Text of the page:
Garden cities: can green spaces bring health and happiness?

The Guardian
Oliver Balch

They’re healthier, more prosperous and safer but how can the benefits of a garden city be experienced by all its residents?

Welwyn Garden City, Hertfordshire.
Welwyn Garden City in Hertfordshire is England’s second garden city, bringing together the best of both urban and rural. Photograph: Graham Turner

“A void south of Swanscombe.” That was this paper’s verdict on Ebbsfleet eight years ago. Things have picked up a little for the Thames estuary town since then. Springhead Park, described as a “modern reinvention of the traditional Kentish village”, has now gone up. A new high-speed rail line will also get you to central London in a fiendishly fast 19 minutes.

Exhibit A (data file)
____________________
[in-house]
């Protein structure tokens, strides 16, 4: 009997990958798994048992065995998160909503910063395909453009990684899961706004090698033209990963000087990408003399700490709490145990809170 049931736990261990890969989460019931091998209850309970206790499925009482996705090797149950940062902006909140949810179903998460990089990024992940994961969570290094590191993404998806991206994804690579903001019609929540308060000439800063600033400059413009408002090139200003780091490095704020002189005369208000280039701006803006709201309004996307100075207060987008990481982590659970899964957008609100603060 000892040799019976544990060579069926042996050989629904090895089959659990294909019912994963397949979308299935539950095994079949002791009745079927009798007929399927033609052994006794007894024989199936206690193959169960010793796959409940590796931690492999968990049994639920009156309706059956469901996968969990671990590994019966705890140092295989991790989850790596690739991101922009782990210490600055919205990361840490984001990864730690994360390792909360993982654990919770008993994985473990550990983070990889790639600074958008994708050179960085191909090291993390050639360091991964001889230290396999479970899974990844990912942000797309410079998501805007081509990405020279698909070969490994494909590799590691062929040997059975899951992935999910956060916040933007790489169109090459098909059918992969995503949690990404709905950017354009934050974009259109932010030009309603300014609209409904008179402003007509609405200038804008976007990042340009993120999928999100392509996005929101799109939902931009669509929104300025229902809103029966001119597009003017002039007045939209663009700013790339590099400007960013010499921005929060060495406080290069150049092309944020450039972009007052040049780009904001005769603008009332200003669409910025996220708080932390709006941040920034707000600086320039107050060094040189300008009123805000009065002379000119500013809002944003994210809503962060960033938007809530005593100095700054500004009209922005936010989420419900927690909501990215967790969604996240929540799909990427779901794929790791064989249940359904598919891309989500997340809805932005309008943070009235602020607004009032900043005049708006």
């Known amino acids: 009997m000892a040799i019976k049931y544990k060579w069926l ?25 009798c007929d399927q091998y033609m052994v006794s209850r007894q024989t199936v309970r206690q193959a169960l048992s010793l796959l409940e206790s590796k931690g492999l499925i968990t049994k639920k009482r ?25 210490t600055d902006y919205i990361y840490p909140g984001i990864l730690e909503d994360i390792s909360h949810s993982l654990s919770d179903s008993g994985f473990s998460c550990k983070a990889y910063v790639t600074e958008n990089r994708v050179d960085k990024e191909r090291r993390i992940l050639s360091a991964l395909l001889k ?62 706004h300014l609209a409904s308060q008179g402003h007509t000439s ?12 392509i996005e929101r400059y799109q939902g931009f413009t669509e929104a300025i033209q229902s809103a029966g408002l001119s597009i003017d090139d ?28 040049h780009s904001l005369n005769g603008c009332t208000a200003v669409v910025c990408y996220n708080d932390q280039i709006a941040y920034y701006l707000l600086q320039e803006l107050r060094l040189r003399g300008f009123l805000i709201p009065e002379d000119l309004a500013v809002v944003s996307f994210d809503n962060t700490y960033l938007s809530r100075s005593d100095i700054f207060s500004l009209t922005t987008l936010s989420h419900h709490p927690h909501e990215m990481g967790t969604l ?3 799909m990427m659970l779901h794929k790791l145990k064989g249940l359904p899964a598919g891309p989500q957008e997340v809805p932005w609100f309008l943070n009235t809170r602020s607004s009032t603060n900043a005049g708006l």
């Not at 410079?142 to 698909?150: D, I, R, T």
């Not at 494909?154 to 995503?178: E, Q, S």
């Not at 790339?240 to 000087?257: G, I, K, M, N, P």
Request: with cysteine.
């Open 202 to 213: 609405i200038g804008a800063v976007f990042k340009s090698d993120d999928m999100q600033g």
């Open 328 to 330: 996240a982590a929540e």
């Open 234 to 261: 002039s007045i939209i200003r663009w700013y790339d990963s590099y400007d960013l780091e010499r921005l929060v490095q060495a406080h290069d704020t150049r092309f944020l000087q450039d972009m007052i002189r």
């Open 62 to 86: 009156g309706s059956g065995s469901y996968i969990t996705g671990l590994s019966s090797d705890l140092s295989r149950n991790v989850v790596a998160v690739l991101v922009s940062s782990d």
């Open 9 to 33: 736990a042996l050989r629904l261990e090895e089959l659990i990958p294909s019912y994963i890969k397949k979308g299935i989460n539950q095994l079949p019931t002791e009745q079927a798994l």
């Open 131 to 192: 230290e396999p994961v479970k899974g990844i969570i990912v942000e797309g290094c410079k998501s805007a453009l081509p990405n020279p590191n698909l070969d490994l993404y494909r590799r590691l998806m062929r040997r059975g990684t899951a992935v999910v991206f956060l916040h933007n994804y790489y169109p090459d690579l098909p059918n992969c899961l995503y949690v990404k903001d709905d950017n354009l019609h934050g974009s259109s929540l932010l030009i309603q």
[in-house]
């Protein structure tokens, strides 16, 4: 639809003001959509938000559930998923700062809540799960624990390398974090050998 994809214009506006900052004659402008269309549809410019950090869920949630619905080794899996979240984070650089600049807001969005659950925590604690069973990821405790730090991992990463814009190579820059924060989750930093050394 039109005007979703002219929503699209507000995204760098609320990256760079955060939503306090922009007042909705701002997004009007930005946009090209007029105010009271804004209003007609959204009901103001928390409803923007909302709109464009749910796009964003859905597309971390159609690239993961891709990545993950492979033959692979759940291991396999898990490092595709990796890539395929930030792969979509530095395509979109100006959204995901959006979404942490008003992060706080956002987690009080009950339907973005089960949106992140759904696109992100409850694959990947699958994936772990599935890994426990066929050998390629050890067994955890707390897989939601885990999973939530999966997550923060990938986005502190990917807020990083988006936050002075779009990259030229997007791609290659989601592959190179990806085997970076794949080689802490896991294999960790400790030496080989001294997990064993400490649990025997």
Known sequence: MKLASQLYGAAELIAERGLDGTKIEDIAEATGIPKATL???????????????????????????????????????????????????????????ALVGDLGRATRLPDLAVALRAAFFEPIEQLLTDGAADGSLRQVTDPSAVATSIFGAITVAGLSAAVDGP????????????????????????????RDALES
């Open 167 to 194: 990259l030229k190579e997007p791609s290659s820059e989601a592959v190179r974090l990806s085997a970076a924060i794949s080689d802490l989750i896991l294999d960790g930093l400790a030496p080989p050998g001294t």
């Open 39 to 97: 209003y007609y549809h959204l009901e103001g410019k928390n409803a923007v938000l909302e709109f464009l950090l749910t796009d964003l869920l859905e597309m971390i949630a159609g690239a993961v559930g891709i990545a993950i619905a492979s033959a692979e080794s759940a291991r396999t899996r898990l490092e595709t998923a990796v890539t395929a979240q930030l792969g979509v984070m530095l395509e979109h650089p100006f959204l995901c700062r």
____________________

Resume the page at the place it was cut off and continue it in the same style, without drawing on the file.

Even so, would you choose to live there? Beyond the neat cloisters of new builds, much is still brownfield scrub. As for entertainment, a trip to Bluewater shopping mall remains the week’s highlight. That could all change. Last year, the UK government unveiled plans to convert the town into a flagship garden city.

Garden cities – or ‘eco cities’ or ‘green cities’ as they are sometimes branded – are all the rage in environmental circles. Replacing concrete high-rises and log-jammed roads with energy-efficient buildings, green spaces and car-free zones promises cleaner air and lower greenhouse gas emissions.

Better for our health

What’s good for the planet is good for us too, urban planners insist. According toresearch by global engineering firm Arup, green cities are healthier, more prosperous and safer. With more than two in three of the world’s populationprojected to be living in cities by 2050, such claims merit attention. So do they stack up?

The clearest evidence centres on health. As humans, we’re hardwired to enjoy nature, says Tom Armour, director of landscape and urbanism at Arup: “We’ve only really had mass urbanisation for the last 200 years, say, out of our hunter-gather experience of 100,000 years.”

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